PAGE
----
SI Graduate Spotlight: Moun Mariano – 2 failed exams and a call to my father and mother


With a chuckle here and a grin there, it is evident that failing in some units was a wakeup call for our protagonist. What you chose to do with that failure determines whether the foundering makes or breaks you. This is the story of Moun Mariano, currently a Bachelor of Commerce student who shares that when he was pursuing his Diploma in Business Management at the Strathmore Institute, he never thought he would flunk. 

What really happened?

I have to say it caught me by surprise because the two units I flopped in were those I thought I understood best. For example, when it came to the Principles of Accounting, I had some prior knowledge from high school, while for the Principles of Ethics, I assumed that the lectures alone would suffice as they  related to life experience. Let’s just say that during the final exams, I wished I had revised a little more or inquired one more time from my classmate or lecturer. But it was too late. I had to retake the two exams. Phew! I passed both. It may have been a disappointment then but now I know better and have had to reconsider how I study as I pursue my degree. I purpose to put my best foot forward in my academics, not only to please my parents/family but also to challenge myself to be the best that I can be with the opportunities that come my way.

Tell us more about your family and country?

South Sudan is my home country and Juba is our capital. We are very hospitable people and have 64 tribes. Though a young nation, I believe it has a lot to offer and I desire to be part of those that uplift it. My parents reside there. I definitely miss them and home. When an opportunity to go visit pops up, I take in a heartbeat. WhatsApp has enabled me to keep in touch with my family. For example, I talk to my dad daily. That’s right! We have to talk each day, even if it is just for 5 minutes. He reminds me to not forget why I had to leave home “education is all we can offer you my son, what you do with it is up to you”.  Conversations with my mum are all about concern and comfort. She checks in on my well-being; making sure I’m eating properly,   inquiring about my friends, and how I am coping with my studies. I am fortunate to have one of my sisters in Kenya with me; she is pursuing a degree in the healthcare industry at one of the local universities. We are each other’s accountability partner while here.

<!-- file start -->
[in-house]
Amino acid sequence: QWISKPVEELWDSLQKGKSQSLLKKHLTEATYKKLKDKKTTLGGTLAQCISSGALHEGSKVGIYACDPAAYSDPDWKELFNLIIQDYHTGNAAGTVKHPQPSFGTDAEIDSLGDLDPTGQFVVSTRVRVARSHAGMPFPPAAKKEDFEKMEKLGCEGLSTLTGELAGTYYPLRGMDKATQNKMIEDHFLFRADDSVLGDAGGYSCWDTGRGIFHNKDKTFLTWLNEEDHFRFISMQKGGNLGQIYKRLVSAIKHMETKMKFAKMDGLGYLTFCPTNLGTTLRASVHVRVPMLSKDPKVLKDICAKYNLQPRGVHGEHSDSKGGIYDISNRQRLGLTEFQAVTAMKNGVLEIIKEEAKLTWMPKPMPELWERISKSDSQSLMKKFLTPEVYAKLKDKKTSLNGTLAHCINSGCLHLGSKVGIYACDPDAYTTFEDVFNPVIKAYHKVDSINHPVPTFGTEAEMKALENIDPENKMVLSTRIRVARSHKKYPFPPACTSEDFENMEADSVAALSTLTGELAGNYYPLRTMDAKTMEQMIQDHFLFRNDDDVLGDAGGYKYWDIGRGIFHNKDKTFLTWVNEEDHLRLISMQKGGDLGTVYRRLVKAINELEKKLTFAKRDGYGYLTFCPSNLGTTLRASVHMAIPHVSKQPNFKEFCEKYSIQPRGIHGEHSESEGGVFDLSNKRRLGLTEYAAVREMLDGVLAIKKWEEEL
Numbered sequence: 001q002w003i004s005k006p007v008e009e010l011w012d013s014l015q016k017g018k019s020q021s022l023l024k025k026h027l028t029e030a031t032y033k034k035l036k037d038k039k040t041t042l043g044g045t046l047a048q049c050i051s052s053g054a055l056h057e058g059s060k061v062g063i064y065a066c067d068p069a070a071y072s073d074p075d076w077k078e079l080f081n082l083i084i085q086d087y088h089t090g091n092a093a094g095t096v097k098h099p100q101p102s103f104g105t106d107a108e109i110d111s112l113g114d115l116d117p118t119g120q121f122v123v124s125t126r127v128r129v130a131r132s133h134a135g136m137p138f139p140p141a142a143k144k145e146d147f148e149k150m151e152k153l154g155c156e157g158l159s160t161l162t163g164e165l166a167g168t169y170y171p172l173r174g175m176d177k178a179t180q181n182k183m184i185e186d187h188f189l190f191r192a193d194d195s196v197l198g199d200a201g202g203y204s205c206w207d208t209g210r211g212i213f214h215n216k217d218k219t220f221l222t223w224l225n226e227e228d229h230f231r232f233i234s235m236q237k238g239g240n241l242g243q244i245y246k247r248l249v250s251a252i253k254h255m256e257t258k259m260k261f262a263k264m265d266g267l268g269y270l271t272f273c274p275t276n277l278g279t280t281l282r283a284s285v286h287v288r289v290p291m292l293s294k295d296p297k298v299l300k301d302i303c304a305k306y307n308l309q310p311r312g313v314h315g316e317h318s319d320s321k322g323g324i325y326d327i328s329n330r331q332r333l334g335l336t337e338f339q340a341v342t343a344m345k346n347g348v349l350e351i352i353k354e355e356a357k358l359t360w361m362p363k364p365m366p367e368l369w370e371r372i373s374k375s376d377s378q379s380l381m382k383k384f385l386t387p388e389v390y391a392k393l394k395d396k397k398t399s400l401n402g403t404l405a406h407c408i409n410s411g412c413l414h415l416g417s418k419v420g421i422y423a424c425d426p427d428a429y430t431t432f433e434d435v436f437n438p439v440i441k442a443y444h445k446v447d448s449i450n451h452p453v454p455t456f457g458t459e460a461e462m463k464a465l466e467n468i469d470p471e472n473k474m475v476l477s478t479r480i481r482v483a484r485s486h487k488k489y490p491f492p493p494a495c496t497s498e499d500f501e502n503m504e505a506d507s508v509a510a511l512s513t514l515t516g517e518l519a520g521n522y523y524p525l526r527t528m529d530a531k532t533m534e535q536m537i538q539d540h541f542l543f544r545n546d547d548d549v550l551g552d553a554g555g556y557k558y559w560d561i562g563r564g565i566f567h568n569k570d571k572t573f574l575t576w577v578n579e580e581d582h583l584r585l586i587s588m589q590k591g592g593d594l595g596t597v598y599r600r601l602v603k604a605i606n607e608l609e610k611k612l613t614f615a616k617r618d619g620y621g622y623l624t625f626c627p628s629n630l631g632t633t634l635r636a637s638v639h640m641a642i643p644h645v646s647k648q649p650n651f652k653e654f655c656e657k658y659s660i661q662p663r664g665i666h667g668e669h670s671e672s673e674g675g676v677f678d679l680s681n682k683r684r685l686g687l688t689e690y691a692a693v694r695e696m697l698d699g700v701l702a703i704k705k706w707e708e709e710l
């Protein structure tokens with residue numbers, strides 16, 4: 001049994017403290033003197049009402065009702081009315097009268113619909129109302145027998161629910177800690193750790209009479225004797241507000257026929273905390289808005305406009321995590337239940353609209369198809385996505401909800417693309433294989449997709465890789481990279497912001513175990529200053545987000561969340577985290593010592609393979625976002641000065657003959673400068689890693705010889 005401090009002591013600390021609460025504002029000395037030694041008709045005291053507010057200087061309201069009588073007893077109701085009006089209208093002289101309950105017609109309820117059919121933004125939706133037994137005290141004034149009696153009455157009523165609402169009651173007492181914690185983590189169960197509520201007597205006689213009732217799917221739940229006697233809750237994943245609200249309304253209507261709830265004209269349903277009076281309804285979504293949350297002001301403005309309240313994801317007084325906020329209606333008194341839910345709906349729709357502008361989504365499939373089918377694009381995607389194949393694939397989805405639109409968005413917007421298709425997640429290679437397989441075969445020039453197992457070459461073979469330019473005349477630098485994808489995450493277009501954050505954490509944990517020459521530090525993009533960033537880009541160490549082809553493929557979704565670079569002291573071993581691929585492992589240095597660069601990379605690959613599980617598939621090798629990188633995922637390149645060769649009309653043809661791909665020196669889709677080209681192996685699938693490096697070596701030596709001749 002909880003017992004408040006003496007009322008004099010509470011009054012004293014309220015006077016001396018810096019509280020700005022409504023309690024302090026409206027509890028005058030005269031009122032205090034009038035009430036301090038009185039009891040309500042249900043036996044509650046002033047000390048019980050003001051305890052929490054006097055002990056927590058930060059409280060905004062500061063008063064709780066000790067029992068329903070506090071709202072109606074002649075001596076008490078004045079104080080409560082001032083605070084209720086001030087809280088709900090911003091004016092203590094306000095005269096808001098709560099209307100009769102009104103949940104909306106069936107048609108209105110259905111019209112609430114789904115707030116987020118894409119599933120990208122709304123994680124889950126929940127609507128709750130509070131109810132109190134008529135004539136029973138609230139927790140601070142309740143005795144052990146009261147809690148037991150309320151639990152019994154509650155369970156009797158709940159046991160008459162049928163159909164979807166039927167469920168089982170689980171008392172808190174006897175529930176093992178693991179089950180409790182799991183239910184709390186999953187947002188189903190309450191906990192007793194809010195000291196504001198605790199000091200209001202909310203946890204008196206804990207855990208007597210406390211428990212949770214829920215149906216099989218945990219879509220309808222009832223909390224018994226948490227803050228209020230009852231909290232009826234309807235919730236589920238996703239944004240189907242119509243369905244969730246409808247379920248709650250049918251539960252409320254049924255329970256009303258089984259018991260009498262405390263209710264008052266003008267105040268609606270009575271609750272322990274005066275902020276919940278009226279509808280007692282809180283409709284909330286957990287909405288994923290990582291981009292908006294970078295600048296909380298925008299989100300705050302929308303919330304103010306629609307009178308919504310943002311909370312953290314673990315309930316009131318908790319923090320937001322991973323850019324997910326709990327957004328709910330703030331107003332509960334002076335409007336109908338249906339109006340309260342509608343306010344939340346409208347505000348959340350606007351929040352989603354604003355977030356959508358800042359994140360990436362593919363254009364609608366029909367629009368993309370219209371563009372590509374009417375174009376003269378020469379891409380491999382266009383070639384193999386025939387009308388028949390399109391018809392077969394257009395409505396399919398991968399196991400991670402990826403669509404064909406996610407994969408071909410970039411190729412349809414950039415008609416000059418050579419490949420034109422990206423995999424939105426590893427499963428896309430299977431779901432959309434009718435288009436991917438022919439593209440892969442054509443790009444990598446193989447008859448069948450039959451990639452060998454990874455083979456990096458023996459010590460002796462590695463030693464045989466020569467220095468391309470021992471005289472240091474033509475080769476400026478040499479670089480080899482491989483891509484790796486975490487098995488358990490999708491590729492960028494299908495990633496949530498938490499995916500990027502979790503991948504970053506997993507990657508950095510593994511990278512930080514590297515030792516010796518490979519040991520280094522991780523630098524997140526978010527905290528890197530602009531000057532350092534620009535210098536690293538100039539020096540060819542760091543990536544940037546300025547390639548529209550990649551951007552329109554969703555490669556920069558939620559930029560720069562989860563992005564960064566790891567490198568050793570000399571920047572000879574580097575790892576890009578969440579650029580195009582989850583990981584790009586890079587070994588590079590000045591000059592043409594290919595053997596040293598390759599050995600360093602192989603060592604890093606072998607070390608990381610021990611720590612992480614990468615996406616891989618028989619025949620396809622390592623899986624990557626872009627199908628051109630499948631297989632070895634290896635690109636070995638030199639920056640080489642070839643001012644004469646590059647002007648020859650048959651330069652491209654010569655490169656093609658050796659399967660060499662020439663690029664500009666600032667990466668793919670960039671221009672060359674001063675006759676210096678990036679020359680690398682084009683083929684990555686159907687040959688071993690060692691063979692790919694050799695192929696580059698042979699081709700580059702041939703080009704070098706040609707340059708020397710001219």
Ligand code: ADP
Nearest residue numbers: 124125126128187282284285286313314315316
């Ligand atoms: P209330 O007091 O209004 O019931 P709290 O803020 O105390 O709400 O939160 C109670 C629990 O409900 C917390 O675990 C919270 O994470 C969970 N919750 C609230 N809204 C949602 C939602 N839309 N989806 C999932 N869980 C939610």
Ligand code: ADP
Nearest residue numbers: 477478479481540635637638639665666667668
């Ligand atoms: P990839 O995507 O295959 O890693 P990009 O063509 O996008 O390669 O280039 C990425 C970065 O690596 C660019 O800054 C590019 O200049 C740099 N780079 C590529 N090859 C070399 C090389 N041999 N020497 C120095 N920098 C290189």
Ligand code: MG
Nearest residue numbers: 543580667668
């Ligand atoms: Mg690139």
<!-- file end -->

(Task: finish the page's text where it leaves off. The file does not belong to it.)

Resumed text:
What are you looking forward to?

Returning home after my studies is still my greatest desire. For now, I intend to build more networks and hopefully meaningful friendships that will last a lifetime. Not only with my fellow country mates but also with students from the diverse nations represented in the university.

You mentioned “meaningful friendships’. Tell us more

A friend or friends are those that have walked with you the longest in your life’s journey. Like my dad says, such friends encourage you to keep family close, to seek reconciliation, and are never afraid to tell to your face when you are being unrealistic. Certainly, a friend will not be afraid to point out past mistakes, even when you’re choking on the reality of your actions.  

Any final word…

(With a grin of satisfaction) Yes, coming to Kenya for studies was a great sacrifice. I hope to make every bit of that sacrifice worth the while.  With that said, the local food is still something I have not gotten used to; for this reason I miss my mum’s cooking even more.


This Article was written by Annete Karanja.

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